Beijing is increasingly stepping up its foreign policy. Its leverages in different parts of the world are also growing. The Middle East is one of the regions evoking interests in this respect. China is pursuing a multi-pronged policy in that part of the world and experts agree that there is a particular substance to it. Notable features of Beijing’s geopolitical strategy can be identified from the angle of key elements of that policy. New undertones observed in that direction constitute a particular interest.
“Four modernizations”: transition to new diplomacy
China does not just amaze the world but also provokes some thoughts. Substance of its policies is being scrutinized. The process initiated in the 1970s, was commenced by elaboration of new, largely economic model called “four modernizations”. China’s diplomacy was to be overhauled if new geopolitical, economic, military and cultural objectives identified were to be attained.
Experts described it as the “reserved diplomacy”. Essence of this diplomacy emanates from China’s cultural-political tradition. Its key objective is “to limit the geopolitical influence of external powers from a given region through expansion of own geopolitical clout”.
Main principal is non-meddling into domestic affairs of every nation and non-deterrence of others aiming to influence the region. Experts figuratively describe such diplomacy as “silent and soft” (see: Eyup Ersoy. Cin Dis Politikasinda Ortadogu: Temki Diplomasisi Uzerine Bir Inceleme / Uluslararasi Stratejik Arastirmalar Kurumu (USAK), “Uluslararasi Hukur ve Politika”, 2012, Vol. 8, Edit. 31, pp. 37-55). This line of its foreign policy was fully initiated in the 1990s, due to China becoming a major energy importer. To satisfy its needs the country sought to establish closer ties with the regions it previously was not interested in.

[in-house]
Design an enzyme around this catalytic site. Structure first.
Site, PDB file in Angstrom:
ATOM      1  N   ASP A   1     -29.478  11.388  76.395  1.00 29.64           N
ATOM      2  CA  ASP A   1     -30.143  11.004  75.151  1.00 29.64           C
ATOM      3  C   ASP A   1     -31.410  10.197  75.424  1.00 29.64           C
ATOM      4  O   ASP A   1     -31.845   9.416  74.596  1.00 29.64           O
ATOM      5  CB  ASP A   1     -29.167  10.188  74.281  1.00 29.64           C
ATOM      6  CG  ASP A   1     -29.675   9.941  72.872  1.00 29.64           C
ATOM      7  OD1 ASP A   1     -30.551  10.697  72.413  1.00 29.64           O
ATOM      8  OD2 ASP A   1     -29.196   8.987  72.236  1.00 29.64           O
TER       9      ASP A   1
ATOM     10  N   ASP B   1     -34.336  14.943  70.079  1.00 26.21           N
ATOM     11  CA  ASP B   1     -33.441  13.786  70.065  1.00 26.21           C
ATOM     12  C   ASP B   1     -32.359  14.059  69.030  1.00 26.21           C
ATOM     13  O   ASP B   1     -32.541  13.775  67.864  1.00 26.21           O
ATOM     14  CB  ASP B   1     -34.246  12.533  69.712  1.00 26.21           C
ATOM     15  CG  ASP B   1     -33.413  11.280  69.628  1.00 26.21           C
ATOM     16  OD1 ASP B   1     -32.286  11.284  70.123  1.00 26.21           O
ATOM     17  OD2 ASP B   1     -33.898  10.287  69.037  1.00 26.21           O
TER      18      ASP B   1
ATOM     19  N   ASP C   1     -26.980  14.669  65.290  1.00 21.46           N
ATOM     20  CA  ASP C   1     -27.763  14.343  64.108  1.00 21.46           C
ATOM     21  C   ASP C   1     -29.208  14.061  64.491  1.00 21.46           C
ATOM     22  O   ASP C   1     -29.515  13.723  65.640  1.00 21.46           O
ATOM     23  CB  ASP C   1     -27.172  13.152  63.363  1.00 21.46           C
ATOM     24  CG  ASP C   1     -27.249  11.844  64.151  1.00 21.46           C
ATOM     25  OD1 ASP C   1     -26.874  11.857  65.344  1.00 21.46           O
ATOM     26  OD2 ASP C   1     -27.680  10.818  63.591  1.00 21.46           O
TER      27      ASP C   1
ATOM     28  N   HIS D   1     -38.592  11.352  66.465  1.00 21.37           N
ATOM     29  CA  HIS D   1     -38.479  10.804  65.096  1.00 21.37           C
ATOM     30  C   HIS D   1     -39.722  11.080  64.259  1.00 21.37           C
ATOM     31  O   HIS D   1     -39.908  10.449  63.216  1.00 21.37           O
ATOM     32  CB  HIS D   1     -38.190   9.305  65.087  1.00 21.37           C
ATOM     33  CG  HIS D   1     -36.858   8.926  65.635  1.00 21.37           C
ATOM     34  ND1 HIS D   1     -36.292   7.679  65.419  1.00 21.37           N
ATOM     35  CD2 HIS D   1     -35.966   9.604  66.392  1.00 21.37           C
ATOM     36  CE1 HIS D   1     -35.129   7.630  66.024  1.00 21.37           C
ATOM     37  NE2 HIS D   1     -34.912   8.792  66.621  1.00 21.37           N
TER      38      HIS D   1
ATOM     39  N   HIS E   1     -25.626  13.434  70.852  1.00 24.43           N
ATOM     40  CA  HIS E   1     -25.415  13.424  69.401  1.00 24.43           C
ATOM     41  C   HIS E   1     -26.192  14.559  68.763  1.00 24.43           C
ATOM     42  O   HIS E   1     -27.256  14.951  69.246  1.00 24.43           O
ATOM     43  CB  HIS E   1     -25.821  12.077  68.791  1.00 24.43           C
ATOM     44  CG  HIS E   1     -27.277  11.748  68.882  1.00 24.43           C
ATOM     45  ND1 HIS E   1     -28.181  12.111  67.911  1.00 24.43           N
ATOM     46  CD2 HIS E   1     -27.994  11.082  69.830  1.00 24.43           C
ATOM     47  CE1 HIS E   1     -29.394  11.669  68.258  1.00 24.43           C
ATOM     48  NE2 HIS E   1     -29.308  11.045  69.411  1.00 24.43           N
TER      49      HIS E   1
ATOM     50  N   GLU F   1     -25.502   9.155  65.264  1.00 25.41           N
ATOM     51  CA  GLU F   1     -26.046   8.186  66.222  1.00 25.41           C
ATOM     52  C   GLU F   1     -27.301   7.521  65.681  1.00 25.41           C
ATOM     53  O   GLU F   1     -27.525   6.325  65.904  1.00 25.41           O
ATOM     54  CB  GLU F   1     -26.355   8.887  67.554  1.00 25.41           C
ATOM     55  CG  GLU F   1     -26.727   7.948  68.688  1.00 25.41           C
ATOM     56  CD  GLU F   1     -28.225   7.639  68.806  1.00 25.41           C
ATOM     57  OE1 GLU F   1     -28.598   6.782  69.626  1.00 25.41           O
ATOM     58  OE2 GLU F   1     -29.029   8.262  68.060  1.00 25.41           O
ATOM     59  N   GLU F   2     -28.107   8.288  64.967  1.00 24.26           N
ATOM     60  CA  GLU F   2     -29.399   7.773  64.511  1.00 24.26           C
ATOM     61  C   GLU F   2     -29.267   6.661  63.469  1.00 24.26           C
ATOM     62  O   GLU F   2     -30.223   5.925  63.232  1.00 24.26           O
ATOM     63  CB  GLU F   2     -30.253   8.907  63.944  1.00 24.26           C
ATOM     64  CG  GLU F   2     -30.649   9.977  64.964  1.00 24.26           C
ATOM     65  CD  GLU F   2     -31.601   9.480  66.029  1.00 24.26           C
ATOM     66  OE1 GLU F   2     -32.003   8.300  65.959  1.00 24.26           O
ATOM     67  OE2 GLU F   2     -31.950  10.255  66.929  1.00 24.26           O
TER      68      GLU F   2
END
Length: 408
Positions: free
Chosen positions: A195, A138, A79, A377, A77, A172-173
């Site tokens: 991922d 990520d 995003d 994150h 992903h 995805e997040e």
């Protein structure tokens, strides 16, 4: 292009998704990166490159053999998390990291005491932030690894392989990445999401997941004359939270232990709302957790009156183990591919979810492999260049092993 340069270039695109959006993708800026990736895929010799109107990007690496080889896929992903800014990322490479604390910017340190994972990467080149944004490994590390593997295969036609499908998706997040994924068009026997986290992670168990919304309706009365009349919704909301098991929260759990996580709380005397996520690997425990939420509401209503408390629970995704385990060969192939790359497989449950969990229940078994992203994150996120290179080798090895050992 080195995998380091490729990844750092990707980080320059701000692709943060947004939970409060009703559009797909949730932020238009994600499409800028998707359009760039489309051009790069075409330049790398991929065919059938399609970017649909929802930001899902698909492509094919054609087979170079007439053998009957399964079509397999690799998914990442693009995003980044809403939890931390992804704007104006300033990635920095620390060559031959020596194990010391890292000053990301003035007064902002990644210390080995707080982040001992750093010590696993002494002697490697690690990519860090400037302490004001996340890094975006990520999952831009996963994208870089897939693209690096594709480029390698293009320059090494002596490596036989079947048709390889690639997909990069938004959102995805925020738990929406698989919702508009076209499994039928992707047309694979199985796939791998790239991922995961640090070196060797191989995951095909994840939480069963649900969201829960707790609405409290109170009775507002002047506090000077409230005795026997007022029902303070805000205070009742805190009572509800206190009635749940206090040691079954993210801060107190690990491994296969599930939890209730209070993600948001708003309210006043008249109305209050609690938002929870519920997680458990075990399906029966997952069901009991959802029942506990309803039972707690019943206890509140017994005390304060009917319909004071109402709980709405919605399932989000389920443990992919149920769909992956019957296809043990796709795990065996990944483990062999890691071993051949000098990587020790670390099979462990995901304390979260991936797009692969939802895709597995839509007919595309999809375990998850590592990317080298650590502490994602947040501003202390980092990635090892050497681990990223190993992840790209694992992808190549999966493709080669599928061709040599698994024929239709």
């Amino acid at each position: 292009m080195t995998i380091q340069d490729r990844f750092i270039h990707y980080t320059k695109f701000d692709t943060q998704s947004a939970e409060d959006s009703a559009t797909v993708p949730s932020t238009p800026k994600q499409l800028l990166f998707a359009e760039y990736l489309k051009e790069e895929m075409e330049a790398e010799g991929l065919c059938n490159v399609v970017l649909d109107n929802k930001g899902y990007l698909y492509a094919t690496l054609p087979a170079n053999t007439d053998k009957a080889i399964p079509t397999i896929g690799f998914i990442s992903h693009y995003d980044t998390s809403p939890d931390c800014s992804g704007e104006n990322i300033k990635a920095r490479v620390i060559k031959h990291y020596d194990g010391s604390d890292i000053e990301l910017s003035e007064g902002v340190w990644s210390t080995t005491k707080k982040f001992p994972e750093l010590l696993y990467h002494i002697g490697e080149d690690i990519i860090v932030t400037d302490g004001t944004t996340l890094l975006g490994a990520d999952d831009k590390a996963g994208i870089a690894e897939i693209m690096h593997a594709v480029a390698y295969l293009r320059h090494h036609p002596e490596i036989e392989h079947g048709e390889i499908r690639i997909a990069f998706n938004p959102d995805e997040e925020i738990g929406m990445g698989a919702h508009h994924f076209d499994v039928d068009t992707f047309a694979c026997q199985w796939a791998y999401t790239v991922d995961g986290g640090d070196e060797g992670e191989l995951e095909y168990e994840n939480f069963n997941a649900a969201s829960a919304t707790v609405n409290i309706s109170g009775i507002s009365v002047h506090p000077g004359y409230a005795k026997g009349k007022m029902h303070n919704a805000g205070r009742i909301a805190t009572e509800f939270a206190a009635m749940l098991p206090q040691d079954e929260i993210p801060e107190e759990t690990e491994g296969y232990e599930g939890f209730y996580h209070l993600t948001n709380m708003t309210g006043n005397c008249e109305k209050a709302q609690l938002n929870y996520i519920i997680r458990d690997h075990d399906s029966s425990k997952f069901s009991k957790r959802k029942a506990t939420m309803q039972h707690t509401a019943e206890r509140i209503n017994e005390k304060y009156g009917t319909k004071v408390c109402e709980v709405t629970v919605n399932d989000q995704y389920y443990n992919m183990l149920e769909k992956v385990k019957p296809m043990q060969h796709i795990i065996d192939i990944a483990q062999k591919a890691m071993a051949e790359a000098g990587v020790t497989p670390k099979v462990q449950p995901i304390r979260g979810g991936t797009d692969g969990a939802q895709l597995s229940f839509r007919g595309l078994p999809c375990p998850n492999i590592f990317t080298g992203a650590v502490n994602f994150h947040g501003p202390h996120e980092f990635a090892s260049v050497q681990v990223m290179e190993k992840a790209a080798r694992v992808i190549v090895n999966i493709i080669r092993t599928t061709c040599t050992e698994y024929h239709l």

The Middle East was one of those. Contact with this region dates back to the establishment of diplomatic ties with Egypt in 1956, followed by Syria, Yemen and Iraq. Saudi Arabia became equally important. Libya held a special significance which led to China losing hefty, $18.5 billion worth of investments, after the ousting of Muammar Gaddafi. Experts argue that for Beijing this was a lesson well-learnt (see: Сергей Лузянин. Политика Китая на Ближнем Востоке: «накормить волков и сохранить овец», 12 December 2012).
Chinese vision of the Israel factor is also interesting. Beijing established diplomatic ties with this nation in 1992, while also closely cooperating with the Palestinians. China advocated the Palestinian cause in the UN. It was not until serious intervention by Washington that the process slowed down (see: Eyup Ersoy. Previous publication. p. 48). Other than that, Tel-Aviv has failed on its obligations to supply Beijing with weapons system in 2000-2006.
China’s relations with the Arab nations, as well as Iran and Turkey, in the field of energy and economy are successfully developing. If the countries of the Middle East were satisfying 38.7% of China’s energy needs in 2007, in 2010 this figure hit 47%, followed by a drop to 30% in 2012. That very year however, China’s trade turnover with eighteen Arab nations reached $200 billion (see: Eyup Ersoy. Same source, p. 46).
In this context, China-Iran relations have to be viewed separately. In 2007-2009 China has signed total of $3.76 billion worth of oil and gas deals with Iran. Today, the supplies from Iran account for 14% of its energy needs. Chinese auto manufacturer “Chery” established its first overseas subsidiary in Iran. Two countries currently experience growing energy cooperation, despite Washington’s pressure. Nonetheless, the U.S. Secretary of State John Kerry described China’s position on Iran’s nuclear program as constructive, during his February visit to Beijing. Still, he urged the substance of China-Iran relations be changed.